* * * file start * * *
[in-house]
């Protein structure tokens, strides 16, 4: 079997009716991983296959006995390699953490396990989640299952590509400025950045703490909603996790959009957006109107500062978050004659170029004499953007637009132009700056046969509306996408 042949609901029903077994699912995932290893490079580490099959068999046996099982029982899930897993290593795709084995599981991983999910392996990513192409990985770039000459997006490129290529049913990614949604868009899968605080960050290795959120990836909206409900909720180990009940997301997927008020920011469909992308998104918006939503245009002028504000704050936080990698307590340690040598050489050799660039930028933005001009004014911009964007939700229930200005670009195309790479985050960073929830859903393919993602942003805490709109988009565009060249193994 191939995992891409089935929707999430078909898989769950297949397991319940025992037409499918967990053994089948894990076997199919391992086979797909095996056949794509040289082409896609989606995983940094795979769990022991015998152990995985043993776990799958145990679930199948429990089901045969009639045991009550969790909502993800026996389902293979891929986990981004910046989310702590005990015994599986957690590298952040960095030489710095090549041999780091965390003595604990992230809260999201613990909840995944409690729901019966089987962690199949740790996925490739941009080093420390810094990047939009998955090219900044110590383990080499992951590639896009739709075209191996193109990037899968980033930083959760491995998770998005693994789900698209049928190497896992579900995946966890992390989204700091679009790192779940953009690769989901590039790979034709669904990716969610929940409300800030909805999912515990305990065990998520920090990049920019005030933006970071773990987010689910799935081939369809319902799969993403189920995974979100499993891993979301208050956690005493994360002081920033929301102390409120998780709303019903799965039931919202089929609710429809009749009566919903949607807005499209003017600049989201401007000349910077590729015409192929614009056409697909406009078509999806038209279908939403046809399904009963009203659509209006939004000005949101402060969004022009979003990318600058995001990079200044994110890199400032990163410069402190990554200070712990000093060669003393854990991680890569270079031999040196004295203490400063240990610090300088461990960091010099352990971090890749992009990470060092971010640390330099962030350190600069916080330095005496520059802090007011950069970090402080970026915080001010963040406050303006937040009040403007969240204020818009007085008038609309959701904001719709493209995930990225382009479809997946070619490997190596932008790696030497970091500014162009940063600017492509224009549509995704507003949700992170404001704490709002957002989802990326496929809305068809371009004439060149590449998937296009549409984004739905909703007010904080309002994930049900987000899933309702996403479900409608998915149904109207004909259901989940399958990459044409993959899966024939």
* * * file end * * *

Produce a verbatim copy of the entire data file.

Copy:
[in-house]
């Protein structure tokens, strides 16, 4: 079997009716991983296959006995390699953490396990989640299952590509400025950045703490909603996790959009957006109107500062978050004659170029004499953007637009132009700056046969509306996408 042949609901029903077994699912995932290893490079580490099959068999046996099982029982899930897993290593795709084995599981991983999910392996990513192409990985770039000459997006490129290529049913990614949604868009899968605080960050290795959120990836909206409900909720180990009940997301997927008020920011469909992308998104918006939503245009002028504000704050936080990698307590340690040598050489050799660039930028933005001009004014911009964007939700229930200005670009195309790479985050960073929830859903393919993602942003805490709109988009565009060249193994 191939995992891409089935929707999430078909898989769950297949397991319940025992037409499918967990053994089948894990076997199919391992086979797909095996056949794509040289082409896609989606995983940094795979769990022991015998152990995985043993776990799958145990679930199948429990089901045969009639045991009550969790909502993800026996389902293979891929986990981004910046989310702590005990015994599986957690590298952040960095030489710095090549041999780091965390003595604990992230809260999201613990909840995944409690729901019966089987962690199949740790996925490739941009080093420390810094990047939009998955090219900044110590383990080499992951590639896009739709075209191996193109990037899968980033930083959760491995998770998005693994789900698209049928190497896992579900995946966890992390989204700091679009790192779940953009690769989901590039790979034709669904990716969610929940409300800030909805999912515990305990065990998520920090990049920019005030933006970071773990987010689910799935081939369809319902799969993403189920995974979100499993891993979301208050956690005493994360002081920033929301102390409120998780709303019903799965039931919202089929609710429809009749009566919903949607807005499209003017600049989201401007000349910077590729015409192929614009056409697909406009078509999806038209279908939403046809399904009963009203659509209006939004000005949101402060969004022009979003990318600058995001990079200044994110890199400032990163410069402190990554200070712990000093060669003393854990991680890569270079031999040196004295203490400063240990610090300088461990960091010099352990971090890749992009990470060092971010640390330099962030350190600069916080330095005496520059802090007011950069970090402080970026915080001010963040406050303006937040009040403007969240204020818009007085008038609309959701904001719709493209995930990225382009479809997946070619490997190596932008790696030497970091500014162009940063600017492509224009549509995704507003949700992170404001704490709002957002989802990326496929809305068809371009004439060149590449998937296009549409984004739905909703007010904080309002994930049900987000899933309702996403479900409608998915149904109207004909259901989940399958990459044409993959899966024939």